Welcome to FortMonroeNationalPark.org
Advocating a UNIFIED national monument or park to replace the fake one at Fort Monroe, Virginia -- the site of the greatest moment in American history.**Please see the final paragraph in a June 2011 Chronicle of Higher Education profile of the historian Edward L. Ayers.
Fort Monroe, Virginia, looks across the lower Chesapeake Bay, over Hampton Roads harbor, deep into four centuries of America's past, and -- if America makes sensible post-Army use of it -- far into the coming centuries. A National Park Service map uses light green to indicate the two parts of the split national monument recently established there. But if it’s true that Fort Monroe saw American history’s greatest moment, that bifurcation is self-evidently preposterous. It’s like marring Monticello with hillside development. Here, red has been added to show the sense-of-place-defining bayfront space that needs to be incorporated into the national monument to transform it from fake to real. [more]
HOW YOU CAN HELP:
Though a charade of “public input” continues in Virginia, Fort Monroe’s fate—a “degraded” one, to use the crucial word from the Virginian-Pilot editorial cited below—is all but cemented now. The only chance to save Fort Monroe’s sense of place, the only chance to see a unified national monument or park, is national attention. If you want to help, please identify reporters and editors in the national media who might care about American history (or about unwise low-lying coastal construction, or about the appalling power of Big Money in politics), and please ask those journalists to have a look at Fort Monroe’s situation. Please mention this Web site, and if you use e-mail, please cc SaveFortMonroe [[[at]]] gmail.com. Thanks.
Read a lengthy but highly informative online back-and-forth discussion beneath a March 2013 article in National Parks Traveler.
Read the May 22, 2013, op-ed “Fort Monroe self-emancipators’ courageous act changed the world.”
FROM THE POLITICAL RIGHT: See a brief video clip in which former Virginia Delegate Tom Gear -- recently commended for seven years of Fort Monroe political leadership by Citizens for a Fort Monroe National Park -- argues passionately for making the phony national park real by unifying its two separated parts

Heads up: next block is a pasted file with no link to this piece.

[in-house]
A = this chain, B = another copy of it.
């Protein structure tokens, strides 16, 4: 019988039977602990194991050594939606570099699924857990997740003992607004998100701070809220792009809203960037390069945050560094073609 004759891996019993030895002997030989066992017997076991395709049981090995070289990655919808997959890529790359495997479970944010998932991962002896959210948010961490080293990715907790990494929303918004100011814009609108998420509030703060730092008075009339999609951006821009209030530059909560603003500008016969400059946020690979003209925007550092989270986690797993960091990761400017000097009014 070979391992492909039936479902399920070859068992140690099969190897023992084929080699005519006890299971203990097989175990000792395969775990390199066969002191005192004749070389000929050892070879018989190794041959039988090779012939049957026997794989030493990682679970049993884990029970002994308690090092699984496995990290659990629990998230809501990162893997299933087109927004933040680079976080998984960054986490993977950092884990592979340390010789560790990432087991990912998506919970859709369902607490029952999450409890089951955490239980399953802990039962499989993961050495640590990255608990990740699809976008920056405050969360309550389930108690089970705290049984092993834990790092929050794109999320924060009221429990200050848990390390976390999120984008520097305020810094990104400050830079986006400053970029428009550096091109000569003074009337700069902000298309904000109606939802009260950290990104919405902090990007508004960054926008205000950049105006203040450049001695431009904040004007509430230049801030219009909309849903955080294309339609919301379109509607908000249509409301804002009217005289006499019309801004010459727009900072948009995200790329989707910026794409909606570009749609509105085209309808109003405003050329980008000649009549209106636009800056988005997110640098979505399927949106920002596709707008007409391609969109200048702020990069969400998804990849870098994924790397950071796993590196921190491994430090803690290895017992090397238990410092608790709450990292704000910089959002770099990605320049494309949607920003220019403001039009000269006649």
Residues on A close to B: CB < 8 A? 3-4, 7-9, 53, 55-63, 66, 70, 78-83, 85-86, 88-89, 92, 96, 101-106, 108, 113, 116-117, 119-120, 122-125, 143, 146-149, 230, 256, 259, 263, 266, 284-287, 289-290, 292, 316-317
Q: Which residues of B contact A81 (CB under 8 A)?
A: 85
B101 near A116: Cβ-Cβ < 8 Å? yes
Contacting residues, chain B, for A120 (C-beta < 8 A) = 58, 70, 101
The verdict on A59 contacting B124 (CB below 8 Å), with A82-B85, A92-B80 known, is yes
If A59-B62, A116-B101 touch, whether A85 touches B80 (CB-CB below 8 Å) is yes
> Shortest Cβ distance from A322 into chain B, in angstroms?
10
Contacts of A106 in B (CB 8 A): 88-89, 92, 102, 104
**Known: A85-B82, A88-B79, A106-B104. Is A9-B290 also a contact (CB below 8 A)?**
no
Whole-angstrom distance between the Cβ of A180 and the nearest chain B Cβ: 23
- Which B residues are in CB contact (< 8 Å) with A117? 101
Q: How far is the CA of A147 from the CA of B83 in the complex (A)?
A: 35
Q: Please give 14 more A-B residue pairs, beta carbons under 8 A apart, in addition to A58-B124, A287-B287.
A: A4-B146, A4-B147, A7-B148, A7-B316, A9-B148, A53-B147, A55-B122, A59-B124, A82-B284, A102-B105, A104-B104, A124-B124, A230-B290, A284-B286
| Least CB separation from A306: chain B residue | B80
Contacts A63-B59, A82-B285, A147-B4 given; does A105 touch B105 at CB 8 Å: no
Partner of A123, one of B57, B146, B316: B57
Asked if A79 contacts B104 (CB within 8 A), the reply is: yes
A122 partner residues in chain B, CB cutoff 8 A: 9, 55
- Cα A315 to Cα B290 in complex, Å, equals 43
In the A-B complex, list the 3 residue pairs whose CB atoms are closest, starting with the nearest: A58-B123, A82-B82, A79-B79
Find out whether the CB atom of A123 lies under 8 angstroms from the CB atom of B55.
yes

FROM THE POLITICAL LEFT: A Virginian-Pilot editorial has called for unifying the split national monument by including the missing bayfront land, in order to avoid Fort Monroe’s being permanently “degraded.” (See also the newer editorials "Fix the plan for Fort Monroe" and “Governor should protect Wherry.”)
FROM THE NATIONAL PARKS CONSERVATION ASSOCIATION: "Protect Fort Monroe National Monument's Historic Character." (Excerpt: "The proposed development would separate the two parts of the park, undermine the park’s historic character, and limit public access. We can't let this happen.")
Read a Virginian-Pilot op-ed telling why May 23, 1861 -- not May 24 -- started “the greatest moment in American history.”
Why the map’s red area is so important: Think Outside the Moat
Three-minute YouTube tour: Cherish Fort Monroe
Richmond Times-Dispatch op-ed from August 2011
Queries, comments, expressions of willingness to help by speaking out: SaveFortMonroe [[[at]]] gmail.com
Note: This Web site evolved from the former site of Citizens (with a capital C) for a Fort Monroe National Park -- a self-appointed, no-public-membership grassroots committee of about a dozen that I co-founded in 2006, my second year in the struggle to save Fort Monroe. With wonderful, hands-on technical leadership -- pro bono for six years now -- from the IT engineer David Gurganus, I also created, managed and controlled CFMNP’s Web site. (CFMNP now uses FortMonroeCitizens.org.) For various reasons -- and even though this public issue concerns a national treasure rather than the flawed but well-intentioned humans who are dedicated, in various ways, to defining its future -- the time has come to report publicly at least some of how and why things changed with CFMNP. [more]
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Revised: 1 November, 2013